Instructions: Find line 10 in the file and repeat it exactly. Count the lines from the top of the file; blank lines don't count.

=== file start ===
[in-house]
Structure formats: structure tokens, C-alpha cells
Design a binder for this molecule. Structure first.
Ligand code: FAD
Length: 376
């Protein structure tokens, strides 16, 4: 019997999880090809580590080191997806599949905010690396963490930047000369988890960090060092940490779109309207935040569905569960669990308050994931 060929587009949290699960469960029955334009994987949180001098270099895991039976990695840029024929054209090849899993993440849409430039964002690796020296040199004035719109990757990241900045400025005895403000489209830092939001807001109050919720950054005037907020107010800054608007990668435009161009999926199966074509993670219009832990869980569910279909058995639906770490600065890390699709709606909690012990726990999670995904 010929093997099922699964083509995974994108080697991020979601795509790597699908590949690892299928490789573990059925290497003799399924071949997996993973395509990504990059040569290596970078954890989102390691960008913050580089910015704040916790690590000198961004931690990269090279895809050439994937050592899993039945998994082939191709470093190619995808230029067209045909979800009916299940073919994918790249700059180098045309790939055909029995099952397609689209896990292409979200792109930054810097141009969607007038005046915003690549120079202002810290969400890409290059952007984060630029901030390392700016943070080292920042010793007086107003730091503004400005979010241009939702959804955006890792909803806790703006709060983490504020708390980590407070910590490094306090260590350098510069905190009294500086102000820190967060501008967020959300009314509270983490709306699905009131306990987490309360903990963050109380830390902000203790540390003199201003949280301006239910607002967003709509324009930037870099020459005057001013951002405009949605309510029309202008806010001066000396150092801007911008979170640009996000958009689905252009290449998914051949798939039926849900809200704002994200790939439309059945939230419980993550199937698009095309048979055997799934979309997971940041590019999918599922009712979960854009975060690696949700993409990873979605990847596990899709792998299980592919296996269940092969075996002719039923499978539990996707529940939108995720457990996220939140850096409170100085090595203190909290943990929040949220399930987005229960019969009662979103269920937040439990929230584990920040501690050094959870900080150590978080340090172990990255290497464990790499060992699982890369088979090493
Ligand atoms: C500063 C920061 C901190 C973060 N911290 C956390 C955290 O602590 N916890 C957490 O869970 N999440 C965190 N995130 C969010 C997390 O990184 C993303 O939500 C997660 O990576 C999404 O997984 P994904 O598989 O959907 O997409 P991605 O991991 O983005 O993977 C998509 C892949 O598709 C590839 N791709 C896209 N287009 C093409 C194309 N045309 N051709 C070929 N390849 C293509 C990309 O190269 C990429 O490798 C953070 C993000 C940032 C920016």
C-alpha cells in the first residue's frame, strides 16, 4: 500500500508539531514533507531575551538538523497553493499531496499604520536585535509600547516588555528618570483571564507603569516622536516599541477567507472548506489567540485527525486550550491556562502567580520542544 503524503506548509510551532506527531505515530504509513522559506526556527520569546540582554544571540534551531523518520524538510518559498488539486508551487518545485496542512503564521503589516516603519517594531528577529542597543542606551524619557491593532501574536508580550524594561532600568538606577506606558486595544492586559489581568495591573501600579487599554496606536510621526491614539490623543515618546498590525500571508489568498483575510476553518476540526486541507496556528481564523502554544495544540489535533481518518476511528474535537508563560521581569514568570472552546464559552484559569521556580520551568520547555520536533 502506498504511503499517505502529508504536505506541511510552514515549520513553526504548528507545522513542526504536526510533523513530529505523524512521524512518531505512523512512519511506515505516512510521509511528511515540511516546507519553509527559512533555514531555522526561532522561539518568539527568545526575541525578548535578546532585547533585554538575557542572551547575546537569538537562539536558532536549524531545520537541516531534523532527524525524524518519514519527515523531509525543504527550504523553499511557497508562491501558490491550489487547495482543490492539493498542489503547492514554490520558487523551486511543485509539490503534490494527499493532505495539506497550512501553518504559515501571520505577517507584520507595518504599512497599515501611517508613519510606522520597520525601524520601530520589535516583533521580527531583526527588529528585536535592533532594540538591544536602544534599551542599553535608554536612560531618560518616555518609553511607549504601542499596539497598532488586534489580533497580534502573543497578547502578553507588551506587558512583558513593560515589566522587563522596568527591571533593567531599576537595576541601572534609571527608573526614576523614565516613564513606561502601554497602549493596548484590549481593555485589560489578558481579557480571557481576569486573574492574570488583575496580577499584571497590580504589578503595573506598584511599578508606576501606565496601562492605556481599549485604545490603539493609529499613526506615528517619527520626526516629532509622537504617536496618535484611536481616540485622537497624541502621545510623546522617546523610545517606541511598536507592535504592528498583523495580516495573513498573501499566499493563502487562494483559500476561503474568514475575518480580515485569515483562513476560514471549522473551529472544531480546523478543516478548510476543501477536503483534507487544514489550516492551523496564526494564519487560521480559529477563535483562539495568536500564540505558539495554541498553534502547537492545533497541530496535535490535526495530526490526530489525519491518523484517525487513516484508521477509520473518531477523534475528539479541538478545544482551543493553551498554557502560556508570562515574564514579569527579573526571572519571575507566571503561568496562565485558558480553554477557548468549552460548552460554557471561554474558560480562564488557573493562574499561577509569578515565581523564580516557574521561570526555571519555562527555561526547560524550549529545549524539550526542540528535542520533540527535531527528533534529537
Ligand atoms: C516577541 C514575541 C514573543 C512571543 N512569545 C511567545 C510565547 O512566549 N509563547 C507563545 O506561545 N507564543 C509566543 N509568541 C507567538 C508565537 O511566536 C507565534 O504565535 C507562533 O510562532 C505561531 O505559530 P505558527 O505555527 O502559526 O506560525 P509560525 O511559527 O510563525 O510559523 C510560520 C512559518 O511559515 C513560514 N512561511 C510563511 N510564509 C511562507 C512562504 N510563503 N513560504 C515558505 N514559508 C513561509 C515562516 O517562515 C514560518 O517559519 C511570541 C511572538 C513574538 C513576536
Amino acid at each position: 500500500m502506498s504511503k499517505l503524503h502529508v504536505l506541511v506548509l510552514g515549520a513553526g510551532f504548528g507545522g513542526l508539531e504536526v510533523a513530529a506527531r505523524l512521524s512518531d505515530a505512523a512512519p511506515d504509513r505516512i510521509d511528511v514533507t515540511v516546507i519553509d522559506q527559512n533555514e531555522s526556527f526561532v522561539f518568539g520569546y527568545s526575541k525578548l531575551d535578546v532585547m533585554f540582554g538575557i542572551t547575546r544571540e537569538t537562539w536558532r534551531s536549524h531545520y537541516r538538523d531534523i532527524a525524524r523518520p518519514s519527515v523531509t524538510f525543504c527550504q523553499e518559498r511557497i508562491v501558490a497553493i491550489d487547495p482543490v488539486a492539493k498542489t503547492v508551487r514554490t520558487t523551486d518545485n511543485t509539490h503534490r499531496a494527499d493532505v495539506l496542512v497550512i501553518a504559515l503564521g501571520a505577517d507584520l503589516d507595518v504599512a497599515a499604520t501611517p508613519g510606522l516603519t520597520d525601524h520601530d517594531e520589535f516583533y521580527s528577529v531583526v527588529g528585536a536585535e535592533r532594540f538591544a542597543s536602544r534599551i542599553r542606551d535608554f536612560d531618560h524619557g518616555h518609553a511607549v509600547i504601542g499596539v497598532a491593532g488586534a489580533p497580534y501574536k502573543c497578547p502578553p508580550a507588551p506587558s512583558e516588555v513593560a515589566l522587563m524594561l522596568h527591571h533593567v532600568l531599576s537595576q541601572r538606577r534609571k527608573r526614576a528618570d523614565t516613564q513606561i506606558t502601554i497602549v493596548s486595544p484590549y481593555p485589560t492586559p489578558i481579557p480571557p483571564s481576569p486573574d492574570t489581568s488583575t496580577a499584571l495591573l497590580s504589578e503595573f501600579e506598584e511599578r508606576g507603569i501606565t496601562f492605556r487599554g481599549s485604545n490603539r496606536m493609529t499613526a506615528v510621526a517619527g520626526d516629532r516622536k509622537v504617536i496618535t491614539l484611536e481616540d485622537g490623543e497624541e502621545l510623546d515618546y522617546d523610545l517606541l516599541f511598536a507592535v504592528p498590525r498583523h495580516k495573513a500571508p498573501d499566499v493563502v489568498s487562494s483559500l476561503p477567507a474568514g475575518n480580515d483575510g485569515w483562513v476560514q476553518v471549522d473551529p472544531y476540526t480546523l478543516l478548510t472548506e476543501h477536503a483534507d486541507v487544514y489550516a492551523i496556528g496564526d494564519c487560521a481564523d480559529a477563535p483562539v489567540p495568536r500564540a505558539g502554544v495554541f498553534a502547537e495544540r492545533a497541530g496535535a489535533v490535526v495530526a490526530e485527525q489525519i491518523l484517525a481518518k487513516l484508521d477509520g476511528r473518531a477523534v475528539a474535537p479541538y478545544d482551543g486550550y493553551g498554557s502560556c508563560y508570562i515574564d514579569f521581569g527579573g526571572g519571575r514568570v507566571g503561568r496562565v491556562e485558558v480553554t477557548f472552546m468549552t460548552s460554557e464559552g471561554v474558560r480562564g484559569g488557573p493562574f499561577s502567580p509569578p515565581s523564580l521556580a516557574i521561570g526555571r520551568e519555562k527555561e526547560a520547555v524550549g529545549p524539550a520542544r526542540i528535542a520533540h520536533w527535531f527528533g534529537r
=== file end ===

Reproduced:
Amino acid at each position: 500500500m502506498s504511503k499517505l503524503h502529508v504536505l506541511v506548509l510552514g515549520a513553526g510551532f504548528g507545522g513542526l508539531e504536526v510533523a513530529a506527531r505523524l512521524s512518531d505515530a505512523a512512519p511506515d504509513r505516512i510521509d511528511v514533507t515540511v516546507i519553509d522559506q527559512n533555514e531555522s526556527f526561532v522561539f518568539g520569546y527568545s526575541k525578548l531575551d535578546v532585547m533585554f540582554g538575557i542572551t547575546r544571540e537569538t537562539w536558532r534551531s536549524h531545520y537541516r538538523d531534523i532527524a525524524r523518520p518519514s519527515v523531509t524538510f525543504c527550504q523553499e518559498r511557497i508562491v501558490a497553493i491550489d487547495p482543490v488539486a492539493k498542489t503547492v508551487r514554490t520558487t523551486d518545485n511543485t509539490h503534490r499531496a494527499d493532505v495539506l496542512v497550512i501553518a504559515l503564521g501571520a505577517d507584520l503589516d507595518v504599512a497599515a499604520t501611517p508613519g510606522l516603519t520597520d525601524h520601530d517594531e520589535f516583533y521580527s528577529v531583526v527588529g528585536a536585535e535592533r532594540f538591544a542597543s536602544r534599551i542599553r542606551d535608554f536612560d531618560h524619557g518616555h518609553a511607549v509600547i504601542g499596539v497598532a491593532g488586534a489580533p497580534y501574536k502573543c497578547p502578553p508580550a507588551p506587558s512583558e516588555v513593560a515589566l522587563m524594561l522596568h527591571h533593567v532600568l531599576s537595576q541601572r538606577r534609571k527608573r526614576a528618570d523614565t516613564q513606561i506606558t502601554i497602549v493596548s486595544p484590549y481593555p485589560t492586559p489578558i481579557p480571557p483571564s481576569p486573574d492574570t489581568s488583575t496580577a499584571l495591573l497590580s504589578e503595573f501600579e506598584e511599578r508606576g507603569i501606565t496601562f492605556r487599554g481599549s485604545n490603539r496606536m493609529t499613526a506615528v510621526a517619527g520626526d516629532r516622536k509622537v504617536i496618535t491614539l484611536e481616540d485622537g490623543e497624541e502621545l510623546d515618546y522617546d523610545l517606541l516599541f511598536a507592535v504592528p498590525r498583523h495580516k495573513a500571508p498573501d499566499v493563502v489568498s487562494s483559500l476561503p477567507a474568514g475575518n480580515d483575510g485569515w483562513v476560514q476553518v471549522d473551529p472544531y476540526t480546523l478543516l478548510t472548506e476543501h477536503a483534507d486541507v487544514y489550516a492551523i496556528g496564526d494564519c487560521a481564523d480559529a477563535p483562539v489567540p495568536r500564540a505558539g502554544v495554541f498553534a502547537e495544540r492545533a497541530g496535535a489535533v490535526v495530526a490526530e485527525q489525519i491518523l484517525a481518518k487513516l484508521d477509520g476511528r473518531a477523534v475528539a474535537p479541538y478545544d482551543g486550550y493553551g498554557s502560556c508563560y508570562i515574564d514579569f521581569g527579573g526571572g519571575r514568570v507566571g503561568r496562565v491556562e485558558v480553554t477557548f472552546m468549552t460548552s460554557e464559552g471561554v474558560r480562564g484559569g488557573p493562574f499561577s502567580p509569578p515565581s523564580l521556580a516557574i521561570g526555571r520551568e519555562k527555561e526547560a520547555v524550549g529545549p524539550a520542544r526542540i528535542a520533540h520536533w527535531f527528533g534529537r